Humidifiers are a staple in many homes, adding moisture to the air to prevent or treat dryness of the skin, nose, throat, and lips. These valuable small appliances are particularly beneficial in the colder winter months when dryer air sets from home heating systems.
Like many appliances, humidifiers require maintenance to continue operating safely and healthily. If not, things can go wrong. For example, the water in the humidifier tank can turn black.
If this happens to you, don’t be agitated! You can fix it with a breeze. The common causes of black water in a humidifier include black mold, mineral buildup, clogged filters, and impure water.
Continue to read so that you can understand why black water in a humidifier is dangerous and how to fix it on your own!
Why Is the Water in My Humidifier Black?
Usage of a humidifier has a variety of benefits. You may be reliant on your humidifier to keep your household or workplace healthy in the winter months. Office workers report a reduction of allergy symptoms when humidifiers are present. Having one in your baby’s nursery can help them feel more comfortable and less irritable.
However, lurking in the humidifier’s reservoir may be illness-causing toxins and irritants. Black humidifier water indicates the presence of black mold, mineral deposits, or other foreign bodies.
Whether your humidifier water is filled with black sludge, dotted with black spots, or gray-tinged, the reasons and preventions are simple.
Reason 1: Black Mold in the Humidifier
Black mold is the most likely cause of dark black water in your humidifier. Homes with high humidity have a much higher chance of mold growth. Black mold may create a sludge on the water’s surface, and the sludge may also build on the sides of the reservoir. Alternatively, the black mold may appear as tiny spots in the water.
What Is Black Mold?
The black mold most likely found in your home is known scientifically as Stachybotrys chartarum. This fungus can produce toxins and irritants with a wide variety of effects on the human body. Many homeowners encounter black mold when dealing with flood damage or burst pipes. While black mold is very rarely lethal, it can still trigger a host of health issues.
How Does Mold Get Into Humidifiers?
Household molds will often grow in spots with lots of moisture. Leaky roofs, poorly sealed windows, or old pipes serve as ideal spots for mold to grow. Mold can also grow on papery material, like cardboard or drywall, and you can even find Fungi in the fabric of the furniture. The humidifier’s warm, moist interior is an ideal place for fungi and bacteria to grow.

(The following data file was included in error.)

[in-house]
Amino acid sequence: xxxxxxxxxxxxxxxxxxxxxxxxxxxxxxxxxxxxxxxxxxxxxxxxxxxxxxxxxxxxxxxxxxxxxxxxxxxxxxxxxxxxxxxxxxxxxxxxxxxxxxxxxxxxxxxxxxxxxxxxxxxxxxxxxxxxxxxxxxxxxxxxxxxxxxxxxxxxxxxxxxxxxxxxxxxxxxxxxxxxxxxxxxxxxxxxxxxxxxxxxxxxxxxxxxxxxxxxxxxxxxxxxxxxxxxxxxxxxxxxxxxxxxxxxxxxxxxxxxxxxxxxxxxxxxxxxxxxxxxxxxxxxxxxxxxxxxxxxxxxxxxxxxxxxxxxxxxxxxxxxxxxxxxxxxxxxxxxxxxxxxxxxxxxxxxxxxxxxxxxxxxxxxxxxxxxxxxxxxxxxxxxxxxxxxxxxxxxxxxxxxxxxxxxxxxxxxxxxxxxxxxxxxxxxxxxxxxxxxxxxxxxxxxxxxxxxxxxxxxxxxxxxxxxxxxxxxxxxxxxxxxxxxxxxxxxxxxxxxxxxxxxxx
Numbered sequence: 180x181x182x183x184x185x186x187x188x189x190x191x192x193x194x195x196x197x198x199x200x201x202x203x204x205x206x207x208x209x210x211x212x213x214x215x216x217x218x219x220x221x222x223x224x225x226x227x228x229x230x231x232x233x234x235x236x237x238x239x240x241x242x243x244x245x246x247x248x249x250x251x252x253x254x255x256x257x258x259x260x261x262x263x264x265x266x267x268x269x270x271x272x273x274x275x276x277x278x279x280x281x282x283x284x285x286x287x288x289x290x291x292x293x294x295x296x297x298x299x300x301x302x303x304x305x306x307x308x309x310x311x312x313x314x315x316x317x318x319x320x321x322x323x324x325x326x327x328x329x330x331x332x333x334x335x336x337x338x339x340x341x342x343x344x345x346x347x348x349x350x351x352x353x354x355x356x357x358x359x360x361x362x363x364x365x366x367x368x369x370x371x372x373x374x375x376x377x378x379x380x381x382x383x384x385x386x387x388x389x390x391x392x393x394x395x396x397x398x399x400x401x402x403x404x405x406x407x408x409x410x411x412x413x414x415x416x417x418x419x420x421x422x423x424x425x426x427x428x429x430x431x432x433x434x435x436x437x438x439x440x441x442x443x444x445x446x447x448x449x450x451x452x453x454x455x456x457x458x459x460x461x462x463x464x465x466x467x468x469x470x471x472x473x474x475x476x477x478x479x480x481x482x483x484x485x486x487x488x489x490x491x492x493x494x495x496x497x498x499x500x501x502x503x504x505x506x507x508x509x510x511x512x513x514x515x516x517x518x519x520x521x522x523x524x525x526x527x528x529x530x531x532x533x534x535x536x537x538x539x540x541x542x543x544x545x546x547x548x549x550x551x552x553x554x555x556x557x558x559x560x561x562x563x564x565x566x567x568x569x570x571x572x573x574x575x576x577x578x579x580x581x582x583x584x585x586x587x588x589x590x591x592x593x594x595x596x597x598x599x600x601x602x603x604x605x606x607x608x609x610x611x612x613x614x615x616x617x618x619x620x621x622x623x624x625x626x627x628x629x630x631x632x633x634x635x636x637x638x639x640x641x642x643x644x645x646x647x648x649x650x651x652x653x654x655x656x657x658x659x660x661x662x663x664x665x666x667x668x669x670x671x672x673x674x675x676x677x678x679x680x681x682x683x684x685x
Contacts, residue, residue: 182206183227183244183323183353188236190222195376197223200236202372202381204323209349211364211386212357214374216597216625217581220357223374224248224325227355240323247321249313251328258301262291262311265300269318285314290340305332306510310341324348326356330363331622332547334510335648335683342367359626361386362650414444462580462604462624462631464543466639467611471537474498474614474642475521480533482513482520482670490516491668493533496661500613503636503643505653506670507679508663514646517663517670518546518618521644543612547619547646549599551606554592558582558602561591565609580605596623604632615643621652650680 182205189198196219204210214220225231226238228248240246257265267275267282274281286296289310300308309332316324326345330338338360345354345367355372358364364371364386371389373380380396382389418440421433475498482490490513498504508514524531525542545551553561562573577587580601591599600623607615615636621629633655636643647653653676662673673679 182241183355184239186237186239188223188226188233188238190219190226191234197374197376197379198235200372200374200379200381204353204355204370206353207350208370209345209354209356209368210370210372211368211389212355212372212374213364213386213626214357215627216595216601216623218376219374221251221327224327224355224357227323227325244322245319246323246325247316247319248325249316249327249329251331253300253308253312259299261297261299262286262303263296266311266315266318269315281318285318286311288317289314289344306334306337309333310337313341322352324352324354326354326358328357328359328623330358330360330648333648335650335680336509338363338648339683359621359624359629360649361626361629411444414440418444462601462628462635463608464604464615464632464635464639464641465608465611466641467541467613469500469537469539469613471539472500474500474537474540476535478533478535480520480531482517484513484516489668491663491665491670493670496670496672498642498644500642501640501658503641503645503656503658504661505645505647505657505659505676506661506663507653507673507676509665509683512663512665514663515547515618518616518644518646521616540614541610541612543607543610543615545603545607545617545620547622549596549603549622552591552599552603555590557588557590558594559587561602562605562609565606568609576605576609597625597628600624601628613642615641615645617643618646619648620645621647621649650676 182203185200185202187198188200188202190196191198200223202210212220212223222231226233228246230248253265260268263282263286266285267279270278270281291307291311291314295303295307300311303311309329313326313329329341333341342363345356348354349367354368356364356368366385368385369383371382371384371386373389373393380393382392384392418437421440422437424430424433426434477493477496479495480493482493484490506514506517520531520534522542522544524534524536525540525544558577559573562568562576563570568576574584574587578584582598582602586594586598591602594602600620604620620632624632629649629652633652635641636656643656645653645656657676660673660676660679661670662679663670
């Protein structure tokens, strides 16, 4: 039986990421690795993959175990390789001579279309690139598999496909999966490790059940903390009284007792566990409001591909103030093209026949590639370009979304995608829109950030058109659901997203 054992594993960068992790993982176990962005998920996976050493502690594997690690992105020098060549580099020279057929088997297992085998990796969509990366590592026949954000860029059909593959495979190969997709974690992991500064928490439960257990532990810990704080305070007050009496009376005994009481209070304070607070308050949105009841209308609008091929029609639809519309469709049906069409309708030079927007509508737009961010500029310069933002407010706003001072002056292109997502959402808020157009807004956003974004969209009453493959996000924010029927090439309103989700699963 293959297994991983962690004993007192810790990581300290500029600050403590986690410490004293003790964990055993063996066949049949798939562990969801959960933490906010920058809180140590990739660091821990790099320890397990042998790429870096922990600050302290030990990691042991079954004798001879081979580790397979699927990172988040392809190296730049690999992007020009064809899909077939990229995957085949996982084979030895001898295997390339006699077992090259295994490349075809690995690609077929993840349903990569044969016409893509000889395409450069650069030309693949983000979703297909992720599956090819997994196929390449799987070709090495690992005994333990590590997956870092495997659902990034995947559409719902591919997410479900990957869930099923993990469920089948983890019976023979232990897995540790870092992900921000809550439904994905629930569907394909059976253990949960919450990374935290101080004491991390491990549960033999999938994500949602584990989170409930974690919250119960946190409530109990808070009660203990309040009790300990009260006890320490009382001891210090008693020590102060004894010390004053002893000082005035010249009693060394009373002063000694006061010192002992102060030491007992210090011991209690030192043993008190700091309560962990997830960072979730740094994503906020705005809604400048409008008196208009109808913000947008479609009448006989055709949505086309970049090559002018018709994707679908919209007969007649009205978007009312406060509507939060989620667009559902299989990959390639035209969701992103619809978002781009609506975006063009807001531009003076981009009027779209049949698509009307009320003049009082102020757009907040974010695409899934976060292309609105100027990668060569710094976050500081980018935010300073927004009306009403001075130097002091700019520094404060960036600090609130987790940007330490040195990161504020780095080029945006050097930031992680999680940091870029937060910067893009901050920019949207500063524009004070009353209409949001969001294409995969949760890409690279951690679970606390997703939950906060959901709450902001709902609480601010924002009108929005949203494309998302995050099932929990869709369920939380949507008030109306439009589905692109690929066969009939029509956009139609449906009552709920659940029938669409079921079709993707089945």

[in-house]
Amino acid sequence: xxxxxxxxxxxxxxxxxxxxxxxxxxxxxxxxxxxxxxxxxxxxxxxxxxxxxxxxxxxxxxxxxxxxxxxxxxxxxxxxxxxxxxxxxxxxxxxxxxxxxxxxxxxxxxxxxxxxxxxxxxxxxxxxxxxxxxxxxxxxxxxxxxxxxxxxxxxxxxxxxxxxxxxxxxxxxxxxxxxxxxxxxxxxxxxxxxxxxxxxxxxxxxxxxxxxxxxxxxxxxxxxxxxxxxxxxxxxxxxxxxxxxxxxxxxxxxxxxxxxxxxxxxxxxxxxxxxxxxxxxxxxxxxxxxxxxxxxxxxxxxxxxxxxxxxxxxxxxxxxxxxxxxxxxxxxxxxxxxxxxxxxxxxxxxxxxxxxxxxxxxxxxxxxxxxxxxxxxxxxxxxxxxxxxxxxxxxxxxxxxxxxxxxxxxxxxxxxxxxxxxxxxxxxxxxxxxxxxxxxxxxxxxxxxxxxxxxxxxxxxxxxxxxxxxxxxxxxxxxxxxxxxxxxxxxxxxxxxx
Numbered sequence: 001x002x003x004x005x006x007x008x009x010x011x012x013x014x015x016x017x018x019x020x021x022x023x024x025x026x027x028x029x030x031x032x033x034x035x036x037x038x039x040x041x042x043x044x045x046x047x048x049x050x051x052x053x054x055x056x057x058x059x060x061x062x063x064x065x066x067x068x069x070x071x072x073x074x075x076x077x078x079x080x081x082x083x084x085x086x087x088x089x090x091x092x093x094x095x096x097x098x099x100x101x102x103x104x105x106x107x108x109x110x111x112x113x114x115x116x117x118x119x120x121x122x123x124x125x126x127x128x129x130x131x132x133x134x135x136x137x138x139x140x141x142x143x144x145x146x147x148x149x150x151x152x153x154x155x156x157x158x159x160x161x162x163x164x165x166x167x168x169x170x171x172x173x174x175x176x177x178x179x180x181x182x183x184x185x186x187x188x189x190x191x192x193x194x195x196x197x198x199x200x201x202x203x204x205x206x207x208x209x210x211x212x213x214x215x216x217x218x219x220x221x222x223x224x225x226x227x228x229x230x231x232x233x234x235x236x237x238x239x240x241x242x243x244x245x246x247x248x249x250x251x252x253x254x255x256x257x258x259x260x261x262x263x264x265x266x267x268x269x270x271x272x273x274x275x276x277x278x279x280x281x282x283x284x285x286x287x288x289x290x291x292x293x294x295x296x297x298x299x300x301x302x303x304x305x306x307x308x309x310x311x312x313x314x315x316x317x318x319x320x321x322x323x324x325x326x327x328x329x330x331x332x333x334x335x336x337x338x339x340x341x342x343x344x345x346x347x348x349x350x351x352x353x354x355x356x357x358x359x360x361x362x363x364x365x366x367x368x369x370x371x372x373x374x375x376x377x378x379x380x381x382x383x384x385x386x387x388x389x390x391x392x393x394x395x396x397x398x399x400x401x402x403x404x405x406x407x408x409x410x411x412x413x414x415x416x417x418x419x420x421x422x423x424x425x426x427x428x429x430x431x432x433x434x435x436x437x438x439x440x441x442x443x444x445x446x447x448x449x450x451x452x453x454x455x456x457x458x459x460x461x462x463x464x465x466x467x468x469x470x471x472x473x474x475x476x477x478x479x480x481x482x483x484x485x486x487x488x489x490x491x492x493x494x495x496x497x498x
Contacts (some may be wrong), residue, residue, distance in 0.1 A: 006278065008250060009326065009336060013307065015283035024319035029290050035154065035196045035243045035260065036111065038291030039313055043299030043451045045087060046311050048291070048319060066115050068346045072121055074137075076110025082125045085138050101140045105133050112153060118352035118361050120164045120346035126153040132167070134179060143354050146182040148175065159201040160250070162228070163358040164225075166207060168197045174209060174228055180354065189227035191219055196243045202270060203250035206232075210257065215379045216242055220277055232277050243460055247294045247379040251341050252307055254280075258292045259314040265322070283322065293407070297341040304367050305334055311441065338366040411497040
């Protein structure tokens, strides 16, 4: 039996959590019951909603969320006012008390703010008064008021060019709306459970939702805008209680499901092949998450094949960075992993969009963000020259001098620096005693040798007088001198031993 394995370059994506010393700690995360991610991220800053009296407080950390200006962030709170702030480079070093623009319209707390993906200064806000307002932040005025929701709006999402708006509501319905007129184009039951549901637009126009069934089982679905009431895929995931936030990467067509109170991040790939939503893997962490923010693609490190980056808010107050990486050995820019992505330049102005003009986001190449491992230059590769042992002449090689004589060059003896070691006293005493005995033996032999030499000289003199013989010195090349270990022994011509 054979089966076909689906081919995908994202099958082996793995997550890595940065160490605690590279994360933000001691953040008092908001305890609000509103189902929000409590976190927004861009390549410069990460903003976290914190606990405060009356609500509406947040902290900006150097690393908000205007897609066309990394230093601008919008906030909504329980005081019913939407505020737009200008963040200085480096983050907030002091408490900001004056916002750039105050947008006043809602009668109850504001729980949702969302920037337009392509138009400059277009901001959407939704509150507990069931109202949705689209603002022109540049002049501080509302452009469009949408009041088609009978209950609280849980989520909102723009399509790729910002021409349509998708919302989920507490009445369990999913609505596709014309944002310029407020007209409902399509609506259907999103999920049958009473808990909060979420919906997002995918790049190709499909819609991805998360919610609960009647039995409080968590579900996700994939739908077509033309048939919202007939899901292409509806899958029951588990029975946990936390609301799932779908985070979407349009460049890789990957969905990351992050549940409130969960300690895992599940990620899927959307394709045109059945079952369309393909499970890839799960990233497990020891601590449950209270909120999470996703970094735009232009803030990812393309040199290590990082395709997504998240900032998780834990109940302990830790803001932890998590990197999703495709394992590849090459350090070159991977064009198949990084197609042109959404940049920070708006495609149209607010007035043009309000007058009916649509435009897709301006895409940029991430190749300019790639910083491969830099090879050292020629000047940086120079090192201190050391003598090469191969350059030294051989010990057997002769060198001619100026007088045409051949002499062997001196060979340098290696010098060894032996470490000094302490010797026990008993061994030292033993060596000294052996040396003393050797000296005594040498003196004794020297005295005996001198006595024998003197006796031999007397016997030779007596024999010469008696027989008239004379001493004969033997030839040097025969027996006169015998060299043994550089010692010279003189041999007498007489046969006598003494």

What Other Molds Can Grow in Humidifiers?
In addition to black mold, you may also see brown or green specks. These may also be spores that pose a potential threat to your air quality. You can also find pink mold in a humidifier. All of these are capable of changing the color of humidifier water into dark, unpleasant sludges.
How To Prevent Mold
Any chemicals used during the cleaning process should have antifungal properties. Usually, vinegar nor hydrogen peroxide is able to clear the black residue away effectively.
Beyond regular cleanings, humidifiers should be fully cleaned, drained, and dried before storage. Stagnant water is a prime place for germs to grow, especially when stored in the dark.
Reason 2: Mineral Deposits in the Humidifier
Mineral buildup in the machine can look like particulate gathering on the sides of the humidifier. Mineral deposits may also look light brown with visible flakes.
When wiping out the humidifier, mineral buildup will feel distinct from mold, and minerals will have a gritty texture instead of the slimy texture of fungus.
How Do Mineral Deposits Build Up Inside Humidifiers?
Minerals predominantly originate from hard water, and tap water can contain a variety of dissolved sediments that are left behind when the water turns into steam. The most common minerals in hard water are magnesium and calcium, and these minerals can leave residues behind in many contexts. Another possibility is that the humidifier’s heating elements have begun to degrade.
How To Prevent Mineral Buildup
Always use distilled water for the humidifier. Hard water from the tap will accumulate buildup over time and shorten the lifespan of your machine. Consult the owner’s manual on whether the device itself shedding particles is considered normal.